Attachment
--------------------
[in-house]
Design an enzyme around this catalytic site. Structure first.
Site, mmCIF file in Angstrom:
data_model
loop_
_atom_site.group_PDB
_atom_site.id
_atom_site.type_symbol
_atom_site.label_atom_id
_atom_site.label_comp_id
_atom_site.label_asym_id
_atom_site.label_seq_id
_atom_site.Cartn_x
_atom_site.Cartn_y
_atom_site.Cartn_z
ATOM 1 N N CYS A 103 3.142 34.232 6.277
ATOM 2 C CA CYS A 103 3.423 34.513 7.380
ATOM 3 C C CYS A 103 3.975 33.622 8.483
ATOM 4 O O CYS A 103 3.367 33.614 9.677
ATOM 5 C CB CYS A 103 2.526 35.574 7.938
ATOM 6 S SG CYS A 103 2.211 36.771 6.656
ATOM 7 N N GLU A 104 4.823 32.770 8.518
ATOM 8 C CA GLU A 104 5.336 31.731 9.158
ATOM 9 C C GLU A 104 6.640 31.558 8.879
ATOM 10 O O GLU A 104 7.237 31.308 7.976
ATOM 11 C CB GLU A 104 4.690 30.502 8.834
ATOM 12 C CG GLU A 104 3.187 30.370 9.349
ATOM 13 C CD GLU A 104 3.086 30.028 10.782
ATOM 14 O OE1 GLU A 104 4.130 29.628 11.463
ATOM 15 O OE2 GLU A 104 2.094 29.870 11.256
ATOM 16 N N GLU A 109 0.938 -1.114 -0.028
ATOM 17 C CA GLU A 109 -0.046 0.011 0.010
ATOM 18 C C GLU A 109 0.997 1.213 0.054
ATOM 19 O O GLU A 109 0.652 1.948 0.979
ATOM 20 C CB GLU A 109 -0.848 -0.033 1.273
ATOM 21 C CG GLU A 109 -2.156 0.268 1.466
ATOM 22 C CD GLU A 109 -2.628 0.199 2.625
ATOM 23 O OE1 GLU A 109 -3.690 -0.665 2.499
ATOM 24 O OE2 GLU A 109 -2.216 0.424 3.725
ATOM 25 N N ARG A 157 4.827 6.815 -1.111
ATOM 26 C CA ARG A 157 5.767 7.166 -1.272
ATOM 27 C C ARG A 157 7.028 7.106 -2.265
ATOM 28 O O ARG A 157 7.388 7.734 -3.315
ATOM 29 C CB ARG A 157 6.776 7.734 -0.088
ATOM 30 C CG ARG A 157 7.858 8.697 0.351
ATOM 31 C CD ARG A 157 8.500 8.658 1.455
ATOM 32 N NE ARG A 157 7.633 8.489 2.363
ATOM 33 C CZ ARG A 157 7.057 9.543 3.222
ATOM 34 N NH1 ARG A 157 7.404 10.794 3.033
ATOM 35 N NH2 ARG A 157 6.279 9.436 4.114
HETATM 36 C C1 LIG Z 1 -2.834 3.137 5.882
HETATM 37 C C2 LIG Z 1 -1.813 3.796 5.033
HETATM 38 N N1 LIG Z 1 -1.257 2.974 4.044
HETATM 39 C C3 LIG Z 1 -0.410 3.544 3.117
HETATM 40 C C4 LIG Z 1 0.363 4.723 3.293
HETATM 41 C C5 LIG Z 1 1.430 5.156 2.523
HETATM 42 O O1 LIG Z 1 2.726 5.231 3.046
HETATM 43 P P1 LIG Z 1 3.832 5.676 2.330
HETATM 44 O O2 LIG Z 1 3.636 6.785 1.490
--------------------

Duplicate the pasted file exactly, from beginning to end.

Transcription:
[in-house]
Design an enzyme around this catalytic site. Structure first.
Site, mmCIF file in Angstrom:
data_model
loop_
_atom_site.group_PDB
_atom_site.id
_atom_site.type_symbol
_atom_site.label_atom_id
_atom_site.label_comp_id
_atom_site.label_asym_id
_atom_site.label_seq_id
_atom_site.Cartn_x
_atom_site.Cartn_y
_atom_site.Cartn_z
ATOM 1 N N CYS A 103 3.142 34.232 6.277
ATOM 2 C CA CYS A 103 3.423 34.513 7.380
ATOM 3 C C CYS A 103 3.975 33.622 8.483
ATOM 4 O O CYS A 103 3.367 33.614 9.677
ATOM 5 C CB CYS A 103 2.526 35.574 7.938
ATOM 6 S SG CYS A 103 2.211 36.771 6.656
ATOM 7 N N GLU A 104 4.823 32.770 8.518
ATOM 8 C CA GLU A 104 5.336 31.731 9.158
ATOM 9 C C GLU A 104 6.640 31.558 8.879
ATOM 10 O O GLU A 104 7.237 31.308 7.976
ATOM 11 C CB GLU A 104 4.690 30.502 8.834
ATOM 12 C CG GLU A 104 3.187 30.370 9.349
ATOM 13 C CD GLU A 104 3.086 30.028 10.782
ATOM 14 O OE1 GLU A 104 4.130 29.628 11.463
ATOM 15 O OE2 GLU A 104 2.094 29.870 11.256
ATOM 16 N N GLU A 109 0.938 -1.114 -0.028
ATOM 17 C CA GLU A 109 -0.046 0.011 0.010
ATOM 18 C C GLU A 109 0.997 1.213 0.054
ATOM 19 O O GLU A 109 0.652 1.948 0.979
ATOM 20 C CB GLU A 109 -0.848 -0.033 1.273
ATOM 21 C CG GLU A 109 -2.156 0.268 1.466
ATOM 22 C CD GLU A 109 -2.628 0.199 2.625
ATOM 23 O OE1 GLU A 109 -3.690 -0.665 2.499
ATOM 24 O OE2 GLU A 109 -2.216 0.424 3.725
ATOM 25 N N ARG A 157 4.827 6.815 -1.111
ATOM 26 C CA ARG A 157 5.767 7.166 -1.272
ATOM 27 C C ARG A 157 7.028 7.106 -2.265
ATOM 28 O O ARG A 157 7.388 7.734 -3.315
ATOM 29 C CB ARG A 157 6.776 7.734 -0.088
ATOM 30 C CG ARG A 157 7.858 8.697 0.351
ATOM 31 C CD ARG A 157 8.500 8.658 1.455
ATOM 32 N NE ARG A 157 7.633 8.489 2.363
ATOM 33 C CZ ARG A 157 7.057 9.543 3.222
ATOM 34 N NH1 ARG A 157 7.404 10.794 3.033
ATOM 35 N NH2 ARG A 157 6.279 9.436 4.114
HETATM 36 C C1 LIG Z 1 -2.834 3.137 5.882
HETATM 37 C C2 LIG Z 1 -1.813 3.796 5.033
HETATM 38 N N1 LIG Z 1 -1.257 2.974 4.044
HETATM 39 C C3 LIG Z 1 -0.410 3.544 3.117
HETATM 40 C C4 LIG Z 1 0.363 4.723 3.293
HETATM 41 C C5 LIG Z 1 1.430 5.156 2.523
HETATM 42 O O1 LIG Z 1 2.726 5.231 3.046
HETATM 43 P P1 LIG Z 1 3.832 5.676 2.330
HETATM 44 O O2 LIG Z 1 3.636 6.785 1.490